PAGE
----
Today marks the start of Teacher Appreciation Week, where we pause to honor the tremendous effort teachers put forth every day, both in and out of the classroom. But while the intent of this celebration is absolutely a laudable one, it often doesn’t go far enough to make a difference in the everyday experience of many educators.

Coinciding with Teacher Appreciation Week is Mental Health Awareness Month—two themes that have become increasingly intertwined over the past several years. While many other professions seem to have rebounded from the effects of the pandemic, education is still reeling. Teacher burnout and mental health struggles are at an all-time high, and it’s not getting better.

I’ve written before about the epic crisis facing education. I’ve wondered what will happen when there are no more teachers. I’ve tried to highlight the value of what teachers bring, day in and day out. Today, I want to talk about why Teacher Appreciation Week needs to be more than a pat on the back.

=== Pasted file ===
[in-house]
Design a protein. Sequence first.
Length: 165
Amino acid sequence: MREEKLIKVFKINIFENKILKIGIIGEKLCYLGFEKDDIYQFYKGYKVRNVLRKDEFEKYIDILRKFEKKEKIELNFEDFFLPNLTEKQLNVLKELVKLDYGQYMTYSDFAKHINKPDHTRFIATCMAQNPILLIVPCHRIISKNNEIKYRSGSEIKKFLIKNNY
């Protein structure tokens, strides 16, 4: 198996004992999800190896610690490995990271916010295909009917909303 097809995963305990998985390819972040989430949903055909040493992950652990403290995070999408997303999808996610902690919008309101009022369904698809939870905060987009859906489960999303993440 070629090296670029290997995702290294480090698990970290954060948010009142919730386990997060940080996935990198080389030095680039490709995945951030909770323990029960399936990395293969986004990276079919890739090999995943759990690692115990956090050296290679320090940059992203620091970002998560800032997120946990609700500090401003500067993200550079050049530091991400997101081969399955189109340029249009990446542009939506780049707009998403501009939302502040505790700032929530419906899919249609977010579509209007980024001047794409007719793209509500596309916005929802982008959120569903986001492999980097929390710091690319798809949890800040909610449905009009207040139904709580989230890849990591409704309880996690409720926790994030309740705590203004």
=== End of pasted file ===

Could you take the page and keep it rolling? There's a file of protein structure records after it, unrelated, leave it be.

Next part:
“Schools are struggling to retain their teaching staff because we are experiencing a workplace

philosophical shift,” says Sophia Koehler-Berkley, former teacher and now a NASM Certified Wellness Coach. “Teachers have begun to recognize the many ways the workplace inside schools are not benefiting their well-being, especially in the long-term, and they are leaving to find other schools or other professions that allow them the work-life-balance needed to continue beyond just a few years in the classroom.”

Toxic workplaces

The major contributor to teacher burnout, says Koehler-Berkley, is how educators are seen as ‘servant leaders.’ “Because teachers deeply care about their students’ well-being, are so mission oriented, and strive to ‘serve their students first,’ this often comes at the cost of establishing healthy boundaries/routines that serve their own wellbeing,” she says.

It’s the often-toxic work culture of schools that hurts teachers the most. Koehler-Berkley shared an example when her brother-in-law passed away from leukemia during her first month of teaching. “I was asked to provide a copy of his funeral service brochure as evidence that my grief was real (this is a standard departmental documentation protocol) and then was guilted by my administration for taking the 1 day off to grieve,” she says. “Doing so in their eyes negatively impacted the learning in my classroom and did not set high expectations for my students.